Recently, the Latin American economy has been very prosperous, but United Nations experts on Latin America are expecting slower growth for the region’s economies for 2012 because of the recent downturn in global markets.

The U.N. Economic Commission for Latin American and the Caribbean reported on Wednesday that the future growth of Latin American economies will be intricately tied to the economic performance of developed countries. A drop in the activities of developed countries would negatively affect Latin America’s regional exports and the decrease the prices of principal export products.

“There is a great possibility of a deep crisis in the Eurozone, which would significantly affect the global economy overall and would impact our region primarily through the real channel – exports, prices, foreign investment, remittances and tourism – and the financial channel, greater volatility, possible capital outflows and difficulties in accessing credit,” said Alicia Bárcena, Executive Secretary of ECLAC, while presenting the report.

The group said that the region’s economies grew by 4.3 percent in 2011, and projected the region to slow in growth for the coming year to about 3.7 percent.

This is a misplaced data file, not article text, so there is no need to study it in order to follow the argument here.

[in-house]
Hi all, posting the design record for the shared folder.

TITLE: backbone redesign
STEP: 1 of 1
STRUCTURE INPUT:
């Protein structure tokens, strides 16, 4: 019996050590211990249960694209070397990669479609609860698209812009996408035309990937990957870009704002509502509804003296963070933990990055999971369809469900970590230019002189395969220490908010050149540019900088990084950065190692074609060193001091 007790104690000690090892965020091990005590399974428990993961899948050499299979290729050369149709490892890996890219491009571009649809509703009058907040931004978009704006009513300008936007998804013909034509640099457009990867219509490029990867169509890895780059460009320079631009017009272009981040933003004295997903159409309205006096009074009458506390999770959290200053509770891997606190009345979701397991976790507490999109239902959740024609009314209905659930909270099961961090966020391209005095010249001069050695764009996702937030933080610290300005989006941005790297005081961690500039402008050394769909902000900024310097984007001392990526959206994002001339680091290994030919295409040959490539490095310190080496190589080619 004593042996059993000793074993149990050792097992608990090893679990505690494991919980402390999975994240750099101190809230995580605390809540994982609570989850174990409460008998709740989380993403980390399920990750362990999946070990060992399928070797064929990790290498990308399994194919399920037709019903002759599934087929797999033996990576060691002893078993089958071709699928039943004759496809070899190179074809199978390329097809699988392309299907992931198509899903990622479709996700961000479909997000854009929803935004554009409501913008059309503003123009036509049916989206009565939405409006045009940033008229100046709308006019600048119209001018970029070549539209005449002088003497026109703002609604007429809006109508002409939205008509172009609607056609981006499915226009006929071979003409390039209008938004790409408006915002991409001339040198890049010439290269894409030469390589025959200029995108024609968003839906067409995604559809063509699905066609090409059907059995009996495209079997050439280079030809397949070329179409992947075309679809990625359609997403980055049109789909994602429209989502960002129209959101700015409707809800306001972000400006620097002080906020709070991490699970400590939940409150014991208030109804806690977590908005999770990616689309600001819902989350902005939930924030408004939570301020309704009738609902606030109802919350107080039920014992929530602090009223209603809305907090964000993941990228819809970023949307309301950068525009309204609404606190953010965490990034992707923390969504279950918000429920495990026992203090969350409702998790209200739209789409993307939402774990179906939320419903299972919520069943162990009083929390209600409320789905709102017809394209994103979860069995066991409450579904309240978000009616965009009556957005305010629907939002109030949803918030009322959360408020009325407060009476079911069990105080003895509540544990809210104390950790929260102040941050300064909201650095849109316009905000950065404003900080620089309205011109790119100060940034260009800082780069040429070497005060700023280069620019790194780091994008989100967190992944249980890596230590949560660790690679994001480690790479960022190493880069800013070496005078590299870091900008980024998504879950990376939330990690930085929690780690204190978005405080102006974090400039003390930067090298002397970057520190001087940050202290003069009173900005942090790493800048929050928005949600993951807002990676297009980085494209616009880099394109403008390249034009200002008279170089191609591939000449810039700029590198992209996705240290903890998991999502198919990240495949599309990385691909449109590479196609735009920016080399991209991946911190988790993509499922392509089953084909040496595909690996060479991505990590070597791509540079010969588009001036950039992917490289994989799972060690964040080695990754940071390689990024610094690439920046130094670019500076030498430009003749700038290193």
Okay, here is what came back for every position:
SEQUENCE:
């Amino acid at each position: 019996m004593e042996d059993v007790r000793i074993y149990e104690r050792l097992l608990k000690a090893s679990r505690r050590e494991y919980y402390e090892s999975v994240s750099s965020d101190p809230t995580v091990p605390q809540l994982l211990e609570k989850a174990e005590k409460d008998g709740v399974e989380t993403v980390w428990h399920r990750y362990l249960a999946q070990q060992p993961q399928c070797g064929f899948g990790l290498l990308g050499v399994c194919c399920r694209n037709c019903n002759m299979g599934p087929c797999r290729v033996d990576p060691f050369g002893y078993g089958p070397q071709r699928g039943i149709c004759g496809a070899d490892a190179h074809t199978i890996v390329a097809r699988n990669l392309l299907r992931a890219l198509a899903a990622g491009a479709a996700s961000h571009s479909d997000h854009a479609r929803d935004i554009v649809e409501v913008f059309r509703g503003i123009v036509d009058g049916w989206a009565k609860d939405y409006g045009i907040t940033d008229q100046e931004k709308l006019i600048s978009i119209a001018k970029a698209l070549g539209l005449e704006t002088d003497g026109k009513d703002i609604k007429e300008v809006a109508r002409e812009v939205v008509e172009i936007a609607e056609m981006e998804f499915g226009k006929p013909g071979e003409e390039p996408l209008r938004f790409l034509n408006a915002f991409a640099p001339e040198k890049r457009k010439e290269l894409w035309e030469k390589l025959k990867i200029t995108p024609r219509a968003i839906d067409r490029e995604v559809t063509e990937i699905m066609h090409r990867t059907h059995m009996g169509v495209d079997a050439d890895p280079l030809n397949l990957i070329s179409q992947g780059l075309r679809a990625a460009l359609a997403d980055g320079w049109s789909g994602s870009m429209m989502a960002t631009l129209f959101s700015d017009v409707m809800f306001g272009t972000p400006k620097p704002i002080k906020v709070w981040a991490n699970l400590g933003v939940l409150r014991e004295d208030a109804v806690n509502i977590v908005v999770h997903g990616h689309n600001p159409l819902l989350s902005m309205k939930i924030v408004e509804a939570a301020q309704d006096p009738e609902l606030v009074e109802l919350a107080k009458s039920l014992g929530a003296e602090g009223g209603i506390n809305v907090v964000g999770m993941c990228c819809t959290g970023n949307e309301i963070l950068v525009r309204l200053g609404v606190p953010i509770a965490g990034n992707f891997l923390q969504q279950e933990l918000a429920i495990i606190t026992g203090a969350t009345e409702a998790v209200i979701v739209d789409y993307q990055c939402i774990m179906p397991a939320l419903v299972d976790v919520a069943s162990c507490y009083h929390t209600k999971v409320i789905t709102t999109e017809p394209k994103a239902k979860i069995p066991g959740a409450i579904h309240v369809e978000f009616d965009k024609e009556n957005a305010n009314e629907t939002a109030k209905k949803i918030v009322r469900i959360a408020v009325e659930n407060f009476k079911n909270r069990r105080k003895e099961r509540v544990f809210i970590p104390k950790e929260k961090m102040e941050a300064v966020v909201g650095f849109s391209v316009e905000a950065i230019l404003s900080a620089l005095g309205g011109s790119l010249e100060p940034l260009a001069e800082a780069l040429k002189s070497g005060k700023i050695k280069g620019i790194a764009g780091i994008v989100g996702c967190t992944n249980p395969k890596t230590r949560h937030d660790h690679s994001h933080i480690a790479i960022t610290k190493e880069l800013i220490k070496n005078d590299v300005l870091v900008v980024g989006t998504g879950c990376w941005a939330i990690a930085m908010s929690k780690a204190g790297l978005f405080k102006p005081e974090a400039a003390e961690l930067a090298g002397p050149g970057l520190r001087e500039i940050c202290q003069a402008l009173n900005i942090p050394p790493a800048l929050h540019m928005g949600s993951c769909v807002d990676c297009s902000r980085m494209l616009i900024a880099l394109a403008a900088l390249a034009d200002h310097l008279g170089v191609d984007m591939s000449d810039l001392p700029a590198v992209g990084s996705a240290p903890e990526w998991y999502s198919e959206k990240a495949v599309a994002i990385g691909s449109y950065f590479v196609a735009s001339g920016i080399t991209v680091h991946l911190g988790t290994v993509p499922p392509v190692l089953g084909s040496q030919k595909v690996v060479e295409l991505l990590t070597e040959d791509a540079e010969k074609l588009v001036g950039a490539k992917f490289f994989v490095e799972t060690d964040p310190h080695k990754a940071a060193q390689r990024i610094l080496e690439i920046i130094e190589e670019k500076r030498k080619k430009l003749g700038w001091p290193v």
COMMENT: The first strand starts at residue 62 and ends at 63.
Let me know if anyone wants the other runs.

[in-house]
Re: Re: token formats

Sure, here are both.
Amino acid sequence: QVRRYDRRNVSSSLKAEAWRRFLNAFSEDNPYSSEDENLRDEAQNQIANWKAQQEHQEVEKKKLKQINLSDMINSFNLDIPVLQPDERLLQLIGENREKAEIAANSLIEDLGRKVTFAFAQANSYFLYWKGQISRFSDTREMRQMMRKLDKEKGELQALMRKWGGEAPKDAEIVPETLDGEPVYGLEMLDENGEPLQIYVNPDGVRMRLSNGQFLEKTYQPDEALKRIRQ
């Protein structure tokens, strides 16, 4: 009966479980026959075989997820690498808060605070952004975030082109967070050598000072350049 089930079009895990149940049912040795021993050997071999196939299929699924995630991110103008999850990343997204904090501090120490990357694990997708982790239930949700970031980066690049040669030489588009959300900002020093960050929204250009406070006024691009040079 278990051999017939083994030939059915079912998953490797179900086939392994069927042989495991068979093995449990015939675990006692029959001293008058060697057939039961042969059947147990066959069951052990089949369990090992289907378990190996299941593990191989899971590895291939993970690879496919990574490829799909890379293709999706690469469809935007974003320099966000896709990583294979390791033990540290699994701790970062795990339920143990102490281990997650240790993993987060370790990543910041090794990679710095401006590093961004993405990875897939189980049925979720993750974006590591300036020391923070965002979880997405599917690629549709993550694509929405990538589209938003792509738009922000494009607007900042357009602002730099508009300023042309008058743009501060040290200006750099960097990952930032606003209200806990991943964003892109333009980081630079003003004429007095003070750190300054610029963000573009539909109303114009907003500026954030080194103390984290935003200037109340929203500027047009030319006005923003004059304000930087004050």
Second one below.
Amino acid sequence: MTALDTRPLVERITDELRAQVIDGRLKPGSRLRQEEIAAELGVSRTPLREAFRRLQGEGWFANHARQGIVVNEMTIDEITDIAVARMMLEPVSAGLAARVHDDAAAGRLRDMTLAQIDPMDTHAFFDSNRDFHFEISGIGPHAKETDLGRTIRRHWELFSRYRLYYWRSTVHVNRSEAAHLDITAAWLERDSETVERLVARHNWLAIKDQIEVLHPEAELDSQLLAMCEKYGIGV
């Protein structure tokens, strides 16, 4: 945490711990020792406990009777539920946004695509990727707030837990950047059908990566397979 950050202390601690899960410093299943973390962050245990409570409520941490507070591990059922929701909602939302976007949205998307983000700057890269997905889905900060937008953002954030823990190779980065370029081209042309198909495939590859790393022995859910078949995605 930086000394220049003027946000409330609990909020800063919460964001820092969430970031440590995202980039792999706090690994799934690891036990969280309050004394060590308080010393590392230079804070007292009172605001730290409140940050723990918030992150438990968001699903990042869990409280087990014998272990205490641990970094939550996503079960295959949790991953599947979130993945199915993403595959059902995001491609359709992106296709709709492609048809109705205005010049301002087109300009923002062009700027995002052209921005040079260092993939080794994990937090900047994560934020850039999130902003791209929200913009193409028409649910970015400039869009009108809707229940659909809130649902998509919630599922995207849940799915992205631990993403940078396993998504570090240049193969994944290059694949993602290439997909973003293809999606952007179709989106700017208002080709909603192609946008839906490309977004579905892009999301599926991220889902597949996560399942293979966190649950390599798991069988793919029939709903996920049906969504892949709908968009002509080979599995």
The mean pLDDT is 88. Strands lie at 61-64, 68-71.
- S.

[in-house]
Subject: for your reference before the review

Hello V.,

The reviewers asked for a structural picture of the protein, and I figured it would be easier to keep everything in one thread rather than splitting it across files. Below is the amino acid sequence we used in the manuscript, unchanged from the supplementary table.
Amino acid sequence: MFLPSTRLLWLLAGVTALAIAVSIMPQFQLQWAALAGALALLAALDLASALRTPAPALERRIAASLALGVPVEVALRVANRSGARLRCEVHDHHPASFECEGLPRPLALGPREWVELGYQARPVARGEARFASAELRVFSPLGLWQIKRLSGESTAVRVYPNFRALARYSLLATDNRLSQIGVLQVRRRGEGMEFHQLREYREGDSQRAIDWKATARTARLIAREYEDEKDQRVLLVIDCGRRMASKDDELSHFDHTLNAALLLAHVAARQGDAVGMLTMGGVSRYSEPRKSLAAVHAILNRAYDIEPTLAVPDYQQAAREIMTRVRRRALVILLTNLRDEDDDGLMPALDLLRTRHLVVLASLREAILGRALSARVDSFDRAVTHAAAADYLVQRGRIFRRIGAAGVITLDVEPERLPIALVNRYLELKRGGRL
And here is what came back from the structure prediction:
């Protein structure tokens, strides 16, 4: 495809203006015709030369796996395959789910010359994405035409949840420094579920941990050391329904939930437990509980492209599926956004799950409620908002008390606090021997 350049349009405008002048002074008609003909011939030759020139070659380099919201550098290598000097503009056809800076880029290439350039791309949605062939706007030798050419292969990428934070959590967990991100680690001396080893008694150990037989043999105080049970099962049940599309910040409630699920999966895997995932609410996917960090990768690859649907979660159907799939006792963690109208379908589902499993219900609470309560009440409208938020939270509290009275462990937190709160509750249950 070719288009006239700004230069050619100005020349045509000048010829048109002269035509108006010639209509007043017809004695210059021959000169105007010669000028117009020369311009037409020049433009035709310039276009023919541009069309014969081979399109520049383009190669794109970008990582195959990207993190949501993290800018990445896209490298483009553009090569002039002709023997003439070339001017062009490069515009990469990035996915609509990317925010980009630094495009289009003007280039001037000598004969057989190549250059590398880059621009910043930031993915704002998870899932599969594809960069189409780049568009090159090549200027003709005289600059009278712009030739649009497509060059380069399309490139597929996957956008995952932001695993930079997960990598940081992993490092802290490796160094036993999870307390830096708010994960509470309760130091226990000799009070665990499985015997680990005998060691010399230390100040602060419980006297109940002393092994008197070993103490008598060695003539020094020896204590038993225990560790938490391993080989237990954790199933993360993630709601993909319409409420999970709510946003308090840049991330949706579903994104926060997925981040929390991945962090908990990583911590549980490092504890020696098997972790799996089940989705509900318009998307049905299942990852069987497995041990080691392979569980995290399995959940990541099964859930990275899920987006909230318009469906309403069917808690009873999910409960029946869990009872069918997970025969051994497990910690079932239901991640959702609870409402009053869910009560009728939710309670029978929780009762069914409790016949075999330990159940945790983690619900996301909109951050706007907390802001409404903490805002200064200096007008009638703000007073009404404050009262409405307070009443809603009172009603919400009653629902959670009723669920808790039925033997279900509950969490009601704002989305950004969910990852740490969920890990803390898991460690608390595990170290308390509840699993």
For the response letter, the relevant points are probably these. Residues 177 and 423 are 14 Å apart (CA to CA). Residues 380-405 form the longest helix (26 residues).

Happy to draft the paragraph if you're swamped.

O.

Growth has already slowed by 5.9 percent in 2010, according to the report, however it also states that most of the region showed “a positive performance thanks to a favorable external situation.” On the other hand, the group noted that an increase in volatility and uncertainty during the second half of the year significantly complicated the worldwide economic environment.

High level of reserves and low levels of public debt, excluding a few Caribbean countries are the region’s strengths, and those strengths should enable them to defend themselves from the economic downturn in the coming year, experts noted.

The report explained that the high reserves would let countries to finance a deficit in the current account, and the low debt would allow governments to implement countercyclical fiscal policies permitting an expansionary monetary policy which will keep the overall Latin market growing, but at a slower rate.